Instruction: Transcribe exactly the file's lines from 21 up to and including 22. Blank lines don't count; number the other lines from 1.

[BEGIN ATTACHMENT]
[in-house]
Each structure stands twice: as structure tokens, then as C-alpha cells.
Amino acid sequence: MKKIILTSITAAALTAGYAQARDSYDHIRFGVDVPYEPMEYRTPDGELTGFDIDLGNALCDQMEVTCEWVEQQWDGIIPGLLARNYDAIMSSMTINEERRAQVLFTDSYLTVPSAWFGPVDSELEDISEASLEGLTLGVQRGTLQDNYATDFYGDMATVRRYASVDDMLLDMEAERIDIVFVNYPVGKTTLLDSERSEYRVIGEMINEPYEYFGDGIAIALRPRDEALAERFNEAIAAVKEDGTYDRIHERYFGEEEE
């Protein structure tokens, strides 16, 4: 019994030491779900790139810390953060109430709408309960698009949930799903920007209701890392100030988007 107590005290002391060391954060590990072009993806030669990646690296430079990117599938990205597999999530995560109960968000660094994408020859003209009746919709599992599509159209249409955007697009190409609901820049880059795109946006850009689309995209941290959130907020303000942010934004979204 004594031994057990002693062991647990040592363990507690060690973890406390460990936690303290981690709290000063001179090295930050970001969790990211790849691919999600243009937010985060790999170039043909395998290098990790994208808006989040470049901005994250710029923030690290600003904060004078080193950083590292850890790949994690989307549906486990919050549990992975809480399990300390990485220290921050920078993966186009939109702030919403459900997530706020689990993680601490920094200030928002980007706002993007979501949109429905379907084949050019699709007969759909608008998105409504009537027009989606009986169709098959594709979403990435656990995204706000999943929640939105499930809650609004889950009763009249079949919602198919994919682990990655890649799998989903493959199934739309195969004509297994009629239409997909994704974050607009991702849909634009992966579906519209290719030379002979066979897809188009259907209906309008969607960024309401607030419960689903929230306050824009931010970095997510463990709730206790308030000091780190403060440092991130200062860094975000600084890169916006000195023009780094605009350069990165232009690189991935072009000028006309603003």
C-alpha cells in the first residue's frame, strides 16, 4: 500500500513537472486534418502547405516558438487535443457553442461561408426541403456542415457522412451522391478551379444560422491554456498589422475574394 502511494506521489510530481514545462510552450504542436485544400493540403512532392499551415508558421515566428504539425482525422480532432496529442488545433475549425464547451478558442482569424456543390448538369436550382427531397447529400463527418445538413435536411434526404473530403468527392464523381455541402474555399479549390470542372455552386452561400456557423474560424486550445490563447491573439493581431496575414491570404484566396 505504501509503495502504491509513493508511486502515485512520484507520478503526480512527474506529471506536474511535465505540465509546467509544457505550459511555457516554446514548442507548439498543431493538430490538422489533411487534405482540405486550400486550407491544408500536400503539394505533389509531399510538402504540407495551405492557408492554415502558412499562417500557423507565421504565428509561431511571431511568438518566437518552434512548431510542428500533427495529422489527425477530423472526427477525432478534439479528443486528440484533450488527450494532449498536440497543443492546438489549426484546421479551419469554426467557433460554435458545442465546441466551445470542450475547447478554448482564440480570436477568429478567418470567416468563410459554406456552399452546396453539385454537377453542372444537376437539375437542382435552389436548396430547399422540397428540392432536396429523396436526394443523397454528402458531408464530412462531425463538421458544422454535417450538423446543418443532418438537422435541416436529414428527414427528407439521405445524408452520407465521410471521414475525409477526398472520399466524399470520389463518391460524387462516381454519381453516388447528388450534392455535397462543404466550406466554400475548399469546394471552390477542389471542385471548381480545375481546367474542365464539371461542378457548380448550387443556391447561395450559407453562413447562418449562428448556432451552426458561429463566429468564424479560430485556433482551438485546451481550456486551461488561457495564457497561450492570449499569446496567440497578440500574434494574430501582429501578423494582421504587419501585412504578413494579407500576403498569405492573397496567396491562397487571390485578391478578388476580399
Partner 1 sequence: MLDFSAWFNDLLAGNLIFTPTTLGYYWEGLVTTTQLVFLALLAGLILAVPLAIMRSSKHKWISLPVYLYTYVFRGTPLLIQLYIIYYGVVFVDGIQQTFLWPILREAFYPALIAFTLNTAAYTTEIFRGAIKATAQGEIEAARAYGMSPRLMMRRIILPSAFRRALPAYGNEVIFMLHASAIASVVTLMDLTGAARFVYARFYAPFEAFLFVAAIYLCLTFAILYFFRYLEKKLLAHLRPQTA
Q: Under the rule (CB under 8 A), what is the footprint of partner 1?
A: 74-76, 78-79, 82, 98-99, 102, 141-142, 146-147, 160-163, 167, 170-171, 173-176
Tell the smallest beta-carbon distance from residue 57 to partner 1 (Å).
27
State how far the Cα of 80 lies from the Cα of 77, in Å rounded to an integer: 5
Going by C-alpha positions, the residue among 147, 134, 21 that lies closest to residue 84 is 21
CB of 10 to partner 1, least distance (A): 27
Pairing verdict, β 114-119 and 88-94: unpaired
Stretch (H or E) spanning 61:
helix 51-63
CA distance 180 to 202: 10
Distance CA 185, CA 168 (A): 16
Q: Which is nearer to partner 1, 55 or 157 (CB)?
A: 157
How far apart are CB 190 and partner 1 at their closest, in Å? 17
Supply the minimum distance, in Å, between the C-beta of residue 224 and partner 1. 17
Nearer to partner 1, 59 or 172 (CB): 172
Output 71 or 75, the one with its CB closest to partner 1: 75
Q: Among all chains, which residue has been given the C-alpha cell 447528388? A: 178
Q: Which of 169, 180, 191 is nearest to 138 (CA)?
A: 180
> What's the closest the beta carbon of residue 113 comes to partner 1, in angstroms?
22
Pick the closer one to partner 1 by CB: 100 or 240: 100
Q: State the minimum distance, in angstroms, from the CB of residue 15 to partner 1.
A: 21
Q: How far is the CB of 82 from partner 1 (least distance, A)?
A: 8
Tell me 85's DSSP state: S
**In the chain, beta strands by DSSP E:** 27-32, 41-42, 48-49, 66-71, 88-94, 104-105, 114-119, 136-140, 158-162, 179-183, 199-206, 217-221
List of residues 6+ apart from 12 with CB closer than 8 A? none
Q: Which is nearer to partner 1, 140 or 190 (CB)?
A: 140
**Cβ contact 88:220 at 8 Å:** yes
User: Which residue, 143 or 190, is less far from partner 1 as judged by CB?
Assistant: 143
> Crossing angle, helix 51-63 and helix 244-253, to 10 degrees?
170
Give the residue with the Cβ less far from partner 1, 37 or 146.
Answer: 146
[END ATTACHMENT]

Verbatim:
How far apart are CB 190 and partner 1 at their closest, in Å? 17
Supply the minimum distance, in Å, between the C-beta of residue 224 and partner 1. 17